Where there is a problem, there is a business opportunity. Where there is a big problem, there is big business.
In the discussion around the future of globalization it is time to radically rethink our relationship with our natural resources. This is one of the obvious observations not only when thinking about sustainability and politics, but also when it comes to thinking about business.
We must move away from our current ‘take-make-waste’ linear economic model to a circular economy.
The transition towards a circular economy is estimated to represent a USD4.5 trillion global growth opportunity by 2030, while helping to restore our natural systems.
The Finnish Innovation Fund Sitra has been working on the theme of Circular Economy and building knowledge and understanding around the topic. At the World Economic Forum (WEF) in Davos the Commission of the European Union got recognized for its work in this field. The Commission has been working on the theme since 2015 and just released the EU strategy for plastics in the circular economy. The vice president of the Commission, Jyrki Katainen, the former Finnish Prime Minister, has been a visible and strong advocate for the circular economy.
At the Davos Summit in February WEF published a Platform for Accelerating the Circular Economy. According to the report there is an increasing recognition that the circular economy offers an important strategy to address some of the most pressing environmental, economic and social challenges of the 21st century, while also providing positive economic benefits.
Progress has been made on the path towards a circular economy. Governments have adopted new policies and national roadmaps, innovators have developed new technologies, and businesses have made commitments to transform their business models. At the same time, large scale action and impact is still lacking – further effort to shape policy, shift business practices and address financing gaps is still required.
Examples of progress made by governments on the policy front include:
- During the 2017 UN Environment Assembly, 195 countries passed a resolution to tackle marine litter.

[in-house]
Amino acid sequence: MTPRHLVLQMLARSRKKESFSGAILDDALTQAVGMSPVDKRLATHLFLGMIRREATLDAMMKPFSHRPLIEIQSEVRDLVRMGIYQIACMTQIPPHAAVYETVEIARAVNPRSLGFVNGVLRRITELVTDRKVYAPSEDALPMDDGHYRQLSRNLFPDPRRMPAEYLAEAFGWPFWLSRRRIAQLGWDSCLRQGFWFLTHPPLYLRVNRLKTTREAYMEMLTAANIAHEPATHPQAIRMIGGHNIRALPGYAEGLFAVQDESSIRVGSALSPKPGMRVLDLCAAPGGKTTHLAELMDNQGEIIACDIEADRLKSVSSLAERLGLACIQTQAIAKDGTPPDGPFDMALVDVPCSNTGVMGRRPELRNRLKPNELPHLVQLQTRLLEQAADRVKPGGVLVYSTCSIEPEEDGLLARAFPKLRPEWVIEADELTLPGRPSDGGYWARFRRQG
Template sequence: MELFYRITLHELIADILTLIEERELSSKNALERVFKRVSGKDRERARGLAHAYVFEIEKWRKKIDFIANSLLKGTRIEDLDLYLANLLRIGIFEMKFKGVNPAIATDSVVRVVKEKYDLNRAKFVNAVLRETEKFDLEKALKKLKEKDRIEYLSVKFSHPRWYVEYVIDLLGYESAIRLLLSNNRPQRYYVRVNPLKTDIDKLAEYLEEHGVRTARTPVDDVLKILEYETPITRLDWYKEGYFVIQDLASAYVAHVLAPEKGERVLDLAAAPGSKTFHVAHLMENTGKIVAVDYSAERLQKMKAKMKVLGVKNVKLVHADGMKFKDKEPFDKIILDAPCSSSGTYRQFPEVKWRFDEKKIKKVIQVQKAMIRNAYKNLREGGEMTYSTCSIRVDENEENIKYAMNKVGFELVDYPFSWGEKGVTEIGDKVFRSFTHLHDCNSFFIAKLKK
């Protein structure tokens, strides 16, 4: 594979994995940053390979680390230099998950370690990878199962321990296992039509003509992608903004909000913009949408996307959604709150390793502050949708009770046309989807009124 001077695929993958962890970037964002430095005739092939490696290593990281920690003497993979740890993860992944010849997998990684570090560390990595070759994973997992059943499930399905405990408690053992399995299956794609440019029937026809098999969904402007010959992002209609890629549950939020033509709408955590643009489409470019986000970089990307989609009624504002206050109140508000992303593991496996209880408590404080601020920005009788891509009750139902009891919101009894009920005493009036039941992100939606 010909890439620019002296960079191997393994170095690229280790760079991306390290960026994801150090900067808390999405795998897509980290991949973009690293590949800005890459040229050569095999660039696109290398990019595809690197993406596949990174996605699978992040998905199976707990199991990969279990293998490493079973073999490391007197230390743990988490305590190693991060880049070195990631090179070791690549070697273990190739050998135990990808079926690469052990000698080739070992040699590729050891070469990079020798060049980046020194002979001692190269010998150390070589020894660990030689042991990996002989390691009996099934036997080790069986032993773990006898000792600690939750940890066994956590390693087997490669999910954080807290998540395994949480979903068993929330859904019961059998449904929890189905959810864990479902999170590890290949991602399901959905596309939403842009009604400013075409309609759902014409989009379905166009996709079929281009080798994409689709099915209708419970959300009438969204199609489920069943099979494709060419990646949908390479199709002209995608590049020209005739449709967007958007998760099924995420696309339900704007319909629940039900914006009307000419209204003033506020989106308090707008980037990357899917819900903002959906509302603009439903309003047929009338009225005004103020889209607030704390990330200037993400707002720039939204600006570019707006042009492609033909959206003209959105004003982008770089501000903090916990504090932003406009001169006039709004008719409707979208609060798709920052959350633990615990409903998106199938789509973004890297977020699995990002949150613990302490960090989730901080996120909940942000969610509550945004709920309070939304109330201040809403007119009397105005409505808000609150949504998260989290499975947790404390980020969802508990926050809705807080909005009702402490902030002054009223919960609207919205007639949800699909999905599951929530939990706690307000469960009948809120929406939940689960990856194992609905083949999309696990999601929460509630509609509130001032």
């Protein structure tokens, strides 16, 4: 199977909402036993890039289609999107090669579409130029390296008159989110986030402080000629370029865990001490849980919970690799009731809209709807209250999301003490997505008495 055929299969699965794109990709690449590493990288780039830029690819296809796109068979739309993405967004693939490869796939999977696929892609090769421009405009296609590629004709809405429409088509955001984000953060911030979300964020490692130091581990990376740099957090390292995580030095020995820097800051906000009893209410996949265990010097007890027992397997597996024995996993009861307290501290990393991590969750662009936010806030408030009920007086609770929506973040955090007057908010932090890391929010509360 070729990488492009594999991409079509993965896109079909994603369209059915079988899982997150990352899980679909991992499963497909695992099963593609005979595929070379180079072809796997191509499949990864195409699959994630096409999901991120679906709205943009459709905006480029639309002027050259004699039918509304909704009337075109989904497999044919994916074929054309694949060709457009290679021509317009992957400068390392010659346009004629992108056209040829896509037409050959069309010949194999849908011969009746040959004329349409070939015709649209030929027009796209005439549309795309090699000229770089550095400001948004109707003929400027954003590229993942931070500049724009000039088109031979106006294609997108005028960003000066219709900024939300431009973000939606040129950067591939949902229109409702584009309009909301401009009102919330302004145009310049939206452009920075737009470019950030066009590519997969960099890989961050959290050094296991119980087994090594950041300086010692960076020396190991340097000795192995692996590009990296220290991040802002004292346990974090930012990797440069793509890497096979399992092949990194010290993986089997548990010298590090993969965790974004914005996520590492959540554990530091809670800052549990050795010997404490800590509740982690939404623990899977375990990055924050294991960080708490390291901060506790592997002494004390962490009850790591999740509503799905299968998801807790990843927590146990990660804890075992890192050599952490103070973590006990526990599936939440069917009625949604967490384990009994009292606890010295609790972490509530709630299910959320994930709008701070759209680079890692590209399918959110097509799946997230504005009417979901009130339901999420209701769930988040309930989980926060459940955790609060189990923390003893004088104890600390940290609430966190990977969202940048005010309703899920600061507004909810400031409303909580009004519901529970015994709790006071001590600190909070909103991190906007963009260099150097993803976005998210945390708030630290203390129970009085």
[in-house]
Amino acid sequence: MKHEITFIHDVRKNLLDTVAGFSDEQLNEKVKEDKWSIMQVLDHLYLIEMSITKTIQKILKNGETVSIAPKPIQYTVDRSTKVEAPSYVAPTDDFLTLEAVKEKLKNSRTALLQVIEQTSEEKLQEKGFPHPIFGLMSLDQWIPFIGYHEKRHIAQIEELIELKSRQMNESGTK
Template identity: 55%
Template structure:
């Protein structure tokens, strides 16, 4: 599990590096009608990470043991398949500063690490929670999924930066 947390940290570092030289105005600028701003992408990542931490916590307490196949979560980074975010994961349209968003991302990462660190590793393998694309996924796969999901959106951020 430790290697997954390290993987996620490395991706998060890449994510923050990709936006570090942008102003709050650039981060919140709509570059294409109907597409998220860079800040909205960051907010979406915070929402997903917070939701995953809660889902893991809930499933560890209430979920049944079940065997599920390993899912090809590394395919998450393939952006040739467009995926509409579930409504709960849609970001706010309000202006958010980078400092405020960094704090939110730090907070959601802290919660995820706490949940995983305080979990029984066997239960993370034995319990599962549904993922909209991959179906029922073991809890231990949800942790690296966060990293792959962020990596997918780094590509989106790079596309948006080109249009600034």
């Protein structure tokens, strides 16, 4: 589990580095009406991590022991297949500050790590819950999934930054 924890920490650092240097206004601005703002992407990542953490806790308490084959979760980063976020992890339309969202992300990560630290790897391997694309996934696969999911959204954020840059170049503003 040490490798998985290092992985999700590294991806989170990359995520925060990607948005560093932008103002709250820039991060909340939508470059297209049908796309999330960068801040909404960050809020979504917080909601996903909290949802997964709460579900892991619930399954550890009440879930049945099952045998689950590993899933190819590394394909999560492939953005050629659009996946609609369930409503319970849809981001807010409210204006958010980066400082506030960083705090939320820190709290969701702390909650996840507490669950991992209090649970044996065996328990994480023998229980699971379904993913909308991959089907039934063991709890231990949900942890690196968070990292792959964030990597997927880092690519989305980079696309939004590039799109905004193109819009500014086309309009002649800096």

- Countries including Finland and Italy launched national circular economy policy roadmaps and France unveiled a new climate action plan with circular economy as a central pillar. The Netherlands moved ahead towards concrete action plans on its ‘NL Circular 2050’ program.
- A Circular Economy Task Force was created at the G20 Summit in Germany in 2017.
Policies are helpful but the change needs to happen in the private sector, by private companies.
The report gives some examples of companies that have not only started to think about the circular economy as a strategic issue for the future, but that also have implemented circular thinking in real action and business decisions. The following examples of companies building their circular economy business can be highlighted:
- 64 companies became signatories, to the “2020 Circular Fashion System Commitment”, promising to accelerate the transition to a circular fashion system.
- MARS, M&S, Pepsi Co, The Coca-Cola Company, Unilever and Werner & Mertz pledged to use 100 percent reusable, recyclable or compostable packaging by 2025 in collaboration with the New Plastics Economy Initiative.
One interesting company that I know that has put the circular economy in the centre of their business transformation is Walki Group.
Walki is a leading, international producer of technical laminates and protective packaging materials, specialising in the production of fibre-based, intelligent, multilaminate products for markets as diverse as energy saving facings and construction membranes to barrier packaging applications.
For the Walki Group, launching a ground-breaking innovation in partnership with SABIC, a global leader in the chemical industry, is a solid step towards reaching the company’s sustainability goals.
Today more than 80% of Walki’s products are made from renewable or recyclable materials. The ambitious goal of the company is to reach 100% by the year 2030. Using circular polymers that have precisely the same qualities as raw material that is used for the very first time is a new business opportunity that they will explore.
The quantities are small, as always is the case when taking new innovative steps. But the intention is to grow the usage of circular polymers as the production capacity of this new, sustainable and recycled raw material increases.
The objective behind this business move is to create a Zero-Waste Future. Where there is a problem there is an opportunity for business.